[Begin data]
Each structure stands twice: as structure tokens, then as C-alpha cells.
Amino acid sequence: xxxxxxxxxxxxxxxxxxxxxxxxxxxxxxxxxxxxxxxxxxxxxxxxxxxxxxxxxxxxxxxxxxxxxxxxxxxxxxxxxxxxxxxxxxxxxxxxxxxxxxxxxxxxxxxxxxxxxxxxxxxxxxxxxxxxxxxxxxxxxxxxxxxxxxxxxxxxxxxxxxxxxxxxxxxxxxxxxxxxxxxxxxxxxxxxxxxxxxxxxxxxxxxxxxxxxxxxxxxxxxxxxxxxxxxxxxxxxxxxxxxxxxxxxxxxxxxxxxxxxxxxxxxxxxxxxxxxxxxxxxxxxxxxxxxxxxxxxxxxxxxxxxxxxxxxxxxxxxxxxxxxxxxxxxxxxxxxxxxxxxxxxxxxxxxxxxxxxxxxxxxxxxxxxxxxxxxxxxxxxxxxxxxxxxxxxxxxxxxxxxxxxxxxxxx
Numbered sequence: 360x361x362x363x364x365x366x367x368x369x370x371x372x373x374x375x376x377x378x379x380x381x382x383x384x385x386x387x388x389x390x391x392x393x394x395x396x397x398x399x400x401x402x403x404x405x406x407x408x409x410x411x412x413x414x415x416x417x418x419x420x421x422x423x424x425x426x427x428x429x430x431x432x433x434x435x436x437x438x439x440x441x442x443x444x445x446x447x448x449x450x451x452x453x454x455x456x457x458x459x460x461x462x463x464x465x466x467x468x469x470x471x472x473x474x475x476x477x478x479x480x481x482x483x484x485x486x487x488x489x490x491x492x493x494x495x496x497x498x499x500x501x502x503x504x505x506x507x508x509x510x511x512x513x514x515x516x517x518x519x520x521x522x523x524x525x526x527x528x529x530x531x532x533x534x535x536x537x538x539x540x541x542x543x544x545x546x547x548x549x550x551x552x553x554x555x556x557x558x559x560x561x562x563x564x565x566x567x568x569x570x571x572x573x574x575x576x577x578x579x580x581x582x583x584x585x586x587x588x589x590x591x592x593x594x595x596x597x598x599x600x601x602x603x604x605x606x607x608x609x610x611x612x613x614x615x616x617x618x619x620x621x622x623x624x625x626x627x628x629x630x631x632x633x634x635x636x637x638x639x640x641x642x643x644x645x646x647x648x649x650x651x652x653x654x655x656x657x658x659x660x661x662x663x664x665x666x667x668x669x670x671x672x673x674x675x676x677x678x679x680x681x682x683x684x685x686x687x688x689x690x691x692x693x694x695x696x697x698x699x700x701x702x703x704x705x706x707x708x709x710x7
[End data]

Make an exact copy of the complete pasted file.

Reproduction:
Each structure stands twice: as structure tokens, then as C-alpha cells.
Amino acid sequence: xxxxxxxxxxxxxxxxxxxxxxxxxxxxxxxxxxxxxxxxxxxxxxxxxxxxxxxxxxxxxxxxxxxxxxxxxxxxxxxxxxxxxxxxxxxxxxxxxxxxxxxxxxxxxxxxxxxxxxxxxxxxxxxxxxxxxxxxxxxxxxxxxxxxxxxxxxxxxxxxxxxxxxxxxxxxxxxxxxxxxxxxxxxxxxxxxxxxxxxxxxxxxxxxxxxxxxxxxxxxxxxxxxxxxxxxxxxxxxxxxxxxxxxxxxxxxxxxxxxxxxxxxxxxxxxxxxxxxxxxxxxxxxxxxxxxxxxxxxxxxxxxxxxxxxxxxxxxxxxxxxxxxxxxxxxxxxxxxxxxxxxxxxxxxxxxxxxxxxxxxxxxxxxxxxxxxxxxxxxxxxxxxxxxxxxxxxxxxxxxxxxxxxxxxxx
Numbered sequence: 360x361x362x363x364x365x366x367x368x369x370x371x372x373x374x375x376x377x378x379x380x381x382x383x384x385x386x387x388x389x390x391x392x393x394x395x396x397x398x399x400x401x402x403x404x405x406x407x408x409x410x411x412x413x414x415x416x417x418x419x420x421x422x423x424x425x426x427x428x429x430x431x432x433x434x435x436x437x438x439x440x441x442x443x444x445x446x447x448x449x450x451x452x453x454x455x456x457x458x459x460x461x462x463x464x465x466x467x468x469x470x471x472x473x474x475x476x477x478x479x480x481x482x483x484x485x486x487x488x489x490x491x492x493x494x495x496x497x498x499x500x501x502x503x504x505x506x507x508x509x510x511x512x513x514x515x516x517x518x519x520x521x522x523x524x525x526x527x528x529x530x531x532x533x534x535x536x537x538x539x540x541x542x543x544x545x546x547x548x549x550x551x552x553x554x555x556x557x558x559x560x561x562x563x564x565x566x567x568x569x570x571x572x573x574x575x576x577x578x579x580x581x582x583x584x585x586x587x588x589x590x591x592x593x594x595x596x597x598x599x600x601x602x603x604x605x606x607x608x609x610x611x612x613x614x615x616x617x618x619x620x621x622x623x624x625x626x627x628x629x630x631x632x633x634x635x636x637x638x639x640x641x642x643x644x645x646x647x648x649x650x651x652x653x654x655x656x657x658x659x660x661x662x663x664x665x666x667x668x669x670x671x672x673x674x675x676x677x678x679x680x681x682x683x684x685x686x687x688x689x690x691x692x693x694x695x696x697x698x699x700x701x702x703x704x705x706x707x708x709x710x7